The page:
The book, one of Clarke’s best, had a large influence on 2001 and we will deal about it in a later blog entry. What is important right now is the fact that the revelation of the physical appearance of the aliens in the book is one of the most shocking in sci-fi history: they turn on to look like the traditional human folk images of demons – large bipeds with leathery wings, horns and tails. Maybe Kubrick was amused by this shocking revelation and the effect that it may have had on the audience?
A modern depiction of the Overlords in Childhood’s End (source)
This devilish theme is quickly dismissed in later script drafts, but some echoes are still recognizable in the following pictures of the alien sculptures produced for the movie:
They look very much like gargoyles, the grotesque statues seen on the walls of churches, cathedrals especially from the medieval age. According to Trumbull they were produced in rubber and it’s not known if they are models or prototypes for suits that actors had to wear. According to other sources, some of them were sculpted by Christiane Kubrick.
3. FX people have their say
The humanoid-alien concept was slowly morphing into something else in the subsequent scripts drafts, as the authors themselves were prone to experiment in different directions. In later drafts featured in The Lost Worlds of 2001, Clarke describes aliens with a typical “elongated” silhouette, similar in many ways to the sci-fi cliché that later movies will popularize, starting with Close Encounters of the third kind.
One of the members of the special effects crew of 2001, Wally Gentleman, recalls for Cinefex magazine that
In one treatment, the alien was to come along and take Bowman by the hand. It was going to be a towering insect-like creature – rather light and vaporous. One logical way to do this would have been to shoot the creature with a variable anamorphic lens to elongate the image onto film. With such a lens, you can squeeze the image from side to side and from top to bottom, and you can increase or decrease the ratio of the squeeze. Then, by projecting that squeezed image onto a mirror positioned in front of Bowman at an angle 45 degrees to the camera, we could have made the alien appeared to be standing right next to him, and it would all have been on the original negative. Quite traditional, really – the technique goes back to the stage arts.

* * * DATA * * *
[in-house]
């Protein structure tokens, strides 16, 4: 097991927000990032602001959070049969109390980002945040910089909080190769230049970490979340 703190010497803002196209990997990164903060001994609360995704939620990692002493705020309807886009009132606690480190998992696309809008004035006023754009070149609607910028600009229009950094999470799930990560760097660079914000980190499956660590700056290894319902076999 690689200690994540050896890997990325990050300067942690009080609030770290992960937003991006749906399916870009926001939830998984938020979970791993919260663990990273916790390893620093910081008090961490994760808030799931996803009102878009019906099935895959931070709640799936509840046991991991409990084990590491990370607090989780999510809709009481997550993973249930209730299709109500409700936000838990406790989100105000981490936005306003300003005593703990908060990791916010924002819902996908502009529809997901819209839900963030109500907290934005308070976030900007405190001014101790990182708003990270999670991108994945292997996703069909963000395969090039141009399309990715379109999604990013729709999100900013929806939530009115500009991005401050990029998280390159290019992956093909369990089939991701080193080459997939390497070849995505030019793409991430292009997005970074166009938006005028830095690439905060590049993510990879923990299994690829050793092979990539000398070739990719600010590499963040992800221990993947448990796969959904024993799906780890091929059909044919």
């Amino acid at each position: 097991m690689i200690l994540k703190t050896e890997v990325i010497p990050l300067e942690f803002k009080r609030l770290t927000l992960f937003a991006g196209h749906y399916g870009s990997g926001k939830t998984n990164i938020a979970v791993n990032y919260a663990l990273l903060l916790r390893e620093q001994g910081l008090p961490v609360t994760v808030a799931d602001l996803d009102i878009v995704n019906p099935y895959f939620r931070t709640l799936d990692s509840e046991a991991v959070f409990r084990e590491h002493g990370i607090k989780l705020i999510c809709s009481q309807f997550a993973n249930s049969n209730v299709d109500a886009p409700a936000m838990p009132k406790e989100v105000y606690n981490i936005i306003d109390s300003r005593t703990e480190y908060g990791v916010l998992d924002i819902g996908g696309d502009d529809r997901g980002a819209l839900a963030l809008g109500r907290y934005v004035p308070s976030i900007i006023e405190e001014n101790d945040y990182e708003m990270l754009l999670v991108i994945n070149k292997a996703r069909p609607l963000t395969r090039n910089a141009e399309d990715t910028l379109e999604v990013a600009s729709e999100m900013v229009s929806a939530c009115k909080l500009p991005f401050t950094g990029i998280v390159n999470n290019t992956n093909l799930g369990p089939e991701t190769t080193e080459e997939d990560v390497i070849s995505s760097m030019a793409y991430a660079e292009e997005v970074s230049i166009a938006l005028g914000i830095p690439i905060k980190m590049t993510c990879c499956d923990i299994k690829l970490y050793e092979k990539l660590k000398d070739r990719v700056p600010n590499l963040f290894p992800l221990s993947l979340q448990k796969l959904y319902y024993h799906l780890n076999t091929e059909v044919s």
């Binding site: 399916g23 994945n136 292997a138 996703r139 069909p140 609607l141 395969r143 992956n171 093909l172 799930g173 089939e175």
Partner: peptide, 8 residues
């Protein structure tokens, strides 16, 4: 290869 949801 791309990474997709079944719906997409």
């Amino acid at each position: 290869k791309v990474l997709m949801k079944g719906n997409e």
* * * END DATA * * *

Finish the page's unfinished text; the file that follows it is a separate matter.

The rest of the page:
Attempts were made to realize this concept, with an actor wearing a white suit; the results were judged “dull and unconvincing”.
Gentleman recalls also that
There were many other alien concepts – most of them created after I left. One was a cone-shaped thing with pea bulbs all over it – a tall mass of glittering light that looked like a Christmas tree. Kubrick had Doug Trumbull working on the thing, but Doug was rather contemptuous of the whole idea. Doug would always state just exactly what he was thinking – about everything – which I think nettled Stanley in the beginning, but he gradually got used to it. Doug was, after all, dealing from a position of authority since his work was so good, from concept to execution.
Now it’s Trumbull turn to speak.
We spent an enormous (in italics in the original text) amount of time trying to design extraterrestrials that we could include in the film. I produced quite a few alien effects using video feedback. Video feedback has a strange kind of lifelike quality to it, so I made a video feedback system for creating totally nonhumanoid shapes of pulsating light.
I also created some aliens using the same concepts as the City of Light (an effect conceived for the stargate sequence, later discarded), only rather than having a lot of little light bulbs, I put together a kaleidoscope projector that produced varying-diameter shapes, and then multiplied those into four facets and projected them onto a piece of white cardboard. As this thing moved in space, it would create a light image of variable volume that would be somewhat humanoid in shape. By changing the patterns in the kaleidoscope from a small diameter to a sudden larger diameter, I could roughly create the shape of a head, shoulders, arms, body and legs. Yet it was all just volumetric light that looked sort of like a jellyfish – transparent luminosity. There were things about it that worked and things about it that didn’t – such as, it was very difficult to get thee light characters to move or articulate. It just got to be terribly complex.
Two more alien attempts. Source: douglastrumbull.com